Coming Soon:

The following books by Robert Paul Wolff are available on Amazon.com as e-books: KANT'S THEORY OF MENTAL ACTIVITY, THE AUTONOMY OF REASON, UNDERSTANDING MARX, UNDERSTANDING RAWLS, THE POVERTY OF LIBERALISM, A LIFE IN THE ACADEMY, MONEYBAGS MUST BE SO LUCKY, AN INTRODUCTION TO THE USE OF FORMAL METHODS IN POLITICAL PHILOSOPHY.
Now Available: Volumes I, II, III, and IV of the Collected Published and Unpublished Papers.

NOW AVAILABLE ON YOUTUBE: LECTURES ON KANT'S CRITIQUE OF PURE REASON. To view the lectures, go to YouTube and search for "Robert Paul Wolff Kant." There they will be.

To contact me about organizing, email me at rpwolff750@gmail.com




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Tuesday, January 26, 2016

SOUP NAZIS


I am delighted to see that there are other Sprachpolizei among my readers.  Great suggestions!  But there might be some who wonder what the fuss is about.  Language evolves, after all.  Shakespeare's plays are full of usages that grate on modern ears.  So who cares if "begs the question" has evolved to mean "forcefully raises the question" rather than "assumes what is to be proved" and "disinterested" now means "uninterested" rather than "not swayed by interest?"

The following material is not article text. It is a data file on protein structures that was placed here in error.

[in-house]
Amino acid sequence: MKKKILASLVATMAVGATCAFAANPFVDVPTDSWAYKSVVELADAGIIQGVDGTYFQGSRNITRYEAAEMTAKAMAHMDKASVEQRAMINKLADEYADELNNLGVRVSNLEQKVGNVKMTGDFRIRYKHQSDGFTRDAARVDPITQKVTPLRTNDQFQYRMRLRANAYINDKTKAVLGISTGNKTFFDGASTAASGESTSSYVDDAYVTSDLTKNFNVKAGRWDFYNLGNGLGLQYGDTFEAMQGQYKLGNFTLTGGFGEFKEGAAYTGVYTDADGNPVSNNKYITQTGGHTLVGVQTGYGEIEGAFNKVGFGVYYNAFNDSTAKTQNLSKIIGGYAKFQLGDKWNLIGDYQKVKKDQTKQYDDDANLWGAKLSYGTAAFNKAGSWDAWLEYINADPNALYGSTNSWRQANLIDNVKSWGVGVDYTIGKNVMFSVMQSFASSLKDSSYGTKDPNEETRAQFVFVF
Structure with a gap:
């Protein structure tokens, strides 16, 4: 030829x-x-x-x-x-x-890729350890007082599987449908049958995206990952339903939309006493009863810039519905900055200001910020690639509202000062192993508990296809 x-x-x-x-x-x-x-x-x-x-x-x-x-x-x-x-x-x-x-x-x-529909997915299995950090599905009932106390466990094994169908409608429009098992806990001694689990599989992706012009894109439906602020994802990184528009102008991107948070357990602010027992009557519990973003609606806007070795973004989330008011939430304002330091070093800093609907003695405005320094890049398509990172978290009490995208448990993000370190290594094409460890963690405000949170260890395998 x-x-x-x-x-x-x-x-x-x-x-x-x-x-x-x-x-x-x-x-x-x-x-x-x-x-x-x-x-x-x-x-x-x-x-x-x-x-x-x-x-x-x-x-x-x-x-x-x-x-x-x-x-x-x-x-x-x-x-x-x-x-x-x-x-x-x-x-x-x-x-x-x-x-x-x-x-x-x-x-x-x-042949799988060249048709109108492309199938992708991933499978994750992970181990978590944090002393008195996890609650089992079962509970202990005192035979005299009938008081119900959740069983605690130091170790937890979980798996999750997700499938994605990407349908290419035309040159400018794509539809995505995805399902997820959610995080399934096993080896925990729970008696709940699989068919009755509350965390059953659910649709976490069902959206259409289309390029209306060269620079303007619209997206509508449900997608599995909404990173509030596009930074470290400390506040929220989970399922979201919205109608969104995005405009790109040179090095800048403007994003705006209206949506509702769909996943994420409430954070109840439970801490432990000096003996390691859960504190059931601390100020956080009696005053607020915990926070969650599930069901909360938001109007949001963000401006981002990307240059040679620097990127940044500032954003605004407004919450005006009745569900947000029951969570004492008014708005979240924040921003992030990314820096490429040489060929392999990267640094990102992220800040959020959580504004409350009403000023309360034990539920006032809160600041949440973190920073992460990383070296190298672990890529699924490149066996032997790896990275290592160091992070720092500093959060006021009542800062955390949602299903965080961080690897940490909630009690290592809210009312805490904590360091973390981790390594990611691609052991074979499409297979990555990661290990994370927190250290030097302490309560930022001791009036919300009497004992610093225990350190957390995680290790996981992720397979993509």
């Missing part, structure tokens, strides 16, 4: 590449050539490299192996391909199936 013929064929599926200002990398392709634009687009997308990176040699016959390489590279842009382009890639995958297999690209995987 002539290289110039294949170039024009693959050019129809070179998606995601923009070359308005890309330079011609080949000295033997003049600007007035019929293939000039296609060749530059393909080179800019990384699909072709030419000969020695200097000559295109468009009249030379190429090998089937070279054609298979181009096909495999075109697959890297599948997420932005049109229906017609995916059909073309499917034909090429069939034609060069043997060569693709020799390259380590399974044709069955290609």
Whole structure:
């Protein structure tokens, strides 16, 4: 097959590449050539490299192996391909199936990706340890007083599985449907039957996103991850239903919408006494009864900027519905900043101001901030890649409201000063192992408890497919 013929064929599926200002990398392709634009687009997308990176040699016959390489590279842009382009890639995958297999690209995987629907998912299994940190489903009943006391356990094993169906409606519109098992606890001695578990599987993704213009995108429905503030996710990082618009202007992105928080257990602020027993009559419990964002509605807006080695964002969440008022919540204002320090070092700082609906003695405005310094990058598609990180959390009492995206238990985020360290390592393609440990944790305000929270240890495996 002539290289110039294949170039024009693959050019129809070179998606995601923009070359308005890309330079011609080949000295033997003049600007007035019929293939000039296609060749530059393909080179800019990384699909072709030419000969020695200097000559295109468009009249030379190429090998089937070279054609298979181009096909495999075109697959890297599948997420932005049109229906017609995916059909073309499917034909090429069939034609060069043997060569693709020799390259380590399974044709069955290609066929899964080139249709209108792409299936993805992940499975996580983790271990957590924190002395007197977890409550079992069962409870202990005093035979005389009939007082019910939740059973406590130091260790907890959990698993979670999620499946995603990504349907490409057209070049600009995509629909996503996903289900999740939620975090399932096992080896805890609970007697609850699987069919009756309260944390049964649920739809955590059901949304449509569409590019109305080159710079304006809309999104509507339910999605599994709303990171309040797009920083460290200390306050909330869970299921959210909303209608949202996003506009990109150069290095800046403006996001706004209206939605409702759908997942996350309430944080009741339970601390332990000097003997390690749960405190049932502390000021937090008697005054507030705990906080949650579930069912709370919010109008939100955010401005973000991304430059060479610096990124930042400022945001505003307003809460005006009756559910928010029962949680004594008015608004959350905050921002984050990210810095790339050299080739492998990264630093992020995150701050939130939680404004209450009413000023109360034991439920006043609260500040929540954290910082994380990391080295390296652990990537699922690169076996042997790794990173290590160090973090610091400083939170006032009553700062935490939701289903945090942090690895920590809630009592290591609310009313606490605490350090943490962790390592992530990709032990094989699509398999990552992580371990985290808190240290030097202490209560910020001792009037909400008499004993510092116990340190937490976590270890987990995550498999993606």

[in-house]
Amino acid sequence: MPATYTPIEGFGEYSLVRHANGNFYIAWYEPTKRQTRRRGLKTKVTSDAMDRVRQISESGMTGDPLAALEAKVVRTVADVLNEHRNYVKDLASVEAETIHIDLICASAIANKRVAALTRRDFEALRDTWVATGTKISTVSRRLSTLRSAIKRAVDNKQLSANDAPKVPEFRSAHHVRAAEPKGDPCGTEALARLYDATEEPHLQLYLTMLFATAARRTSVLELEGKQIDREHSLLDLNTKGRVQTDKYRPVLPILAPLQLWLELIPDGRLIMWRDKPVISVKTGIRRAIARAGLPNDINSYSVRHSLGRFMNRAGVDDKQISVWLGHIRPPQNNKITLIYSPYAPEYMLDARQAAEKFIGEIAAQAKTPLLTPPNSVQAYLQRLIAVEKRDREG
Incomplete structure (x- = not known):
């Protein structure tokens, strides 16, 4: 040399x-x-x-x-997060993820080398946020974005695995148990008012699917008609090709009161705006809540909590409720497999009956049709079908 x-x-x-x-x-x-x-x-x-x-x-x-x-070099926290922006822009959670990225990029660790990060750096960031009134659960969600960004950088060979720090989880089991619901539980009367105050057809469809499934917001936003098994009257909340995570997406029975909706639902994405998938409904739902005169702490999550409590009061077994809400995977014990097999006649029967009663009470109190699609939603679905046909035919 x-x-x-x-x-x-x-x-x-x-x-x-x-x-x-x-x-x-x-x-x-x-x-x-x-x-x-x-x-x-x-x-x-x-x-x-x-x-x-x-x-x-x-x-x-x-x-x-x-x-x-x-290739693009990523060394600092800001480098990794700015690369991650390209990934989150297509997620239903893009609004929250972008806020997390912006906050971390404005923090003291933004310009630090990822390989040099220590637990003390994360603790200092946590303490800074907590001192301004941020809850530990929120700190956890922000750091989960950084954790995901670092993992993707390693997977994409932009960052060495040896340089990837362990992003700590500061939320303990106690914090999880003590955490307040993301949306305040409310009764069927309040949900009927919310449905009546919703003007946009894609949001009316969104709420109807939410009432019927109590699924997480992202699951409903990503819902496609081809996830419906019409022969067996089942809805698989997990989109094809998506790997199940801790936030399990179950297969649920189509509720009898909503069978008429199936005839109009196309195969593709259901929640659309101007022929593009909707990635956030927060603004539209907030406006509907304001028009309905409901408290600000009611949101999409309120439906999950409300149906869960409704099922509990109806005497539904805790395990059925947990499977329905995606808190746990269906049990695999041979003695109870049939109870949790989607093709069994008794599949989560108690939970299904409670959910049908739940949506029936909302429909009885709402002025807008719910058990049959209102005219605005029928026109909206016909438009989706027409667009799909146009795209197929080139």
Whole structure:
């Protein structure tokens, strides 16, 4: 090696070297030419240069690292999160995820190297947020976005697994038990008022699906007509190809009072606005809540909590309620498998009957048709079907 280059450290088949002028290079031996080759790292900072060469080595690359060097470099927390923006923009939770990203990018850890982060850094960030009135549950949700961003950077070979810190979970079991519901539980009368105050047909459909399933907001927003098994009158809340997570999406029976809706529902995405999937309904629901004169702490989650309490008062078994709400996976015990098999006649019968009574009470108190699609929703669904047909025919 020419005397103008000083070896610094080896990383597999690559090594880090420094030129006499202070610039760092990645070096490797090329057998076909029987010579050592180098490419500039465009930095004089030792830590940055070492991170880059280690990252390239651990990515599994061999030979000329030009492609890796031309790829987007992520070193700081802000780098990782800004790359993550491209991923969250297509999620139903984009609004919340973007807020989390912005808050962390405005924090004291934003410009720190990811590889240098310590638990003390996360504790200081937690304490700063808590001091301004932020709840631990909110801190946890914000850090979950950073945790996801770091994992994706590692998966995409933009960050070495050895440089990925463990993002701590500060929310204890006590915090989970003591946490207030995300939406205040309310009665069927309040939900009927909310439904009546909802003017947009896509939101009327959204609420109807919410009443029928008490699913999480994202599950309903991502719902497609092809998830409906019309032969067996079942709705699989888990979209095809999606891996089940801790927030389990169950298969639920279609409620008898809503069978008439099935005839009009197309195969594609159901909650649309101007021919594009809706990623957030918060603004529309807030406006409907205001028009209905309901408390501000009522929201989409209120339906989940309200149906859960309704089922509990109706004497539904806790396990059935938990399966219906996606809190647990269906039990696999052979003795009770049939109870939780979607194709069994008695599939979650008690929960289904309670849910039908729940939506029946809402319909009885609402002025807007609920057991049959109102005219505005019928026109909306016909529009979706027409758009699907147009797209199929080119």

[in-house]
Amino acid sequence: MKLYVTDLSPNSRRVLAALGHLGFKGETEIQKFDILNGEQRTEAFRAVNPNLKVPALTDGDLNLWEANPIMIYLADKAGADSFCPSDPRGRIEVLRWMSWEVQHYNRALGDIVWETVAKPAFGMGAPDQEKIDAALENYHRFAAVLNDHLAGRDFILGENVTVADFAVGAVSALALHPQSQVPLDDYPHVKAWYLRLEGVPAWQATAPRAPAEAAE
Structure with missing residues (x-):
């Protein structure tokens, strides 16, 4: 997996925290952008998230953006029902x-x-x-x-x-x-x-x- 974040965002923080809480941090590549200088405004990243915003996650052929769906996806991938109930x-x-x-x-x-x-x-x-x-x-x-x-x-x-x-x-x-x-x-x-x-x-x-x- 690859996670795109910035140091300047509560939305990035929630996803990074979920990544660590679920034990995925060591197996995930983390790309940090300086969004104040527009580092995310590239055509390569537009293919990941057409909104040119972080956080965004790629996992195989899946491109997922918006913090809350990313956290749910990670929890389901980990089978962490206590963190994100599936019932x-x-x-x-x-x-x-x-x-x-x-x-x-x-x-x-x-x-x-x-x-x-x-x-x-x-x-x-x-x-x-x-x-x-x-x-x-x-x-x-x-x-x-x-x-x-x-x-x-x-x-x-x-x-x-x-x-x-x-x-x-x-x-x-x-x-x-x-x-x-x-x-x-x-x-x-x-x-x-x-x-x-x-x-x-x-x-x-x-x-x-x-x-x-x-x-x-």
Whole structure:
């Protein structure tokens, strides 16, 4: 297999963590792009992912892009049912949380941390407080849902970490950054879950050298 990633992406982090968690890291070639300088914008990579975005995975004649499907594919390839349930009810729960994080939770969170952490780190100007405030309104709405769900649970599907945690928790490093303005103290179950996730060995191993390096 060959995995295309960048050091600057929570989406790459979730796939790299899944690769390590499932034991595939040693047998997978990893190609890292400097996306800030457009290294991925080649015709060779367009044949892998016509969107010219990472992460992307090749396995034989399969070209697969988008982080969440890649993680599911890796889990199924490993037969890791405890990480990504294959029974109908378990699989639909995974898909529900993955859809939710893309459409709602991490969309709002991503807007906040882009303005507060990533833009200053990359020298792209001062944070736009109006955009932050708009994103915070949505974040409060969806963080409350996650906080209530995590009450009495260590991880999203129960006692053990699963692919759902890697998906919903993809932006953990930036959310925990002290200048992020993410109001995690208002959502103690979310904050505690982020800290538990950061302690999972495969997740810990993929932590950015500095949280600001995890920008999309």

My reply is this:  Language is entirely conventional, onomatopoeia notwithstanding.  So any sequence of letters in English is available to be assigned any meaning native speakers choose.  But there are conceptual distinctions that it is extremely useful to mark and maintain by means of linguistic distinctions.  "Not interested" really means something different from "not swayed by personal interest."  We want to be able to say that a judge should not be swayed by private interest -- should be disinterested -- whereas a saint cares nothing for the pleasures and rewards of this world -- is uninterested in them.  There are also concepts for which it is useful to have linguistic expressions.  Assumes what is to be proved is one of them.  And we damned well better be able to distinguish between prescribe and proscribe before we start taking our daily medications!

2 comments:

Wallace Stevens said...

I have learned something. I too used to harrumph when I heard people using "begs the question" to mean "raises the question." However, I now realize that the harrumph was on me. I thought it meant to "avoid the question" or to "fail to address the question." I think that the error comes from interpreting the words to mean that the poor question has been left "begging" to be answered.

mesnenor said...

I think "begs the question" has always been an error waiting to happen. It's a too-literal translation of the Latin expression petitio principii. The misuse of the expression flows naturally from the initial mis-translation.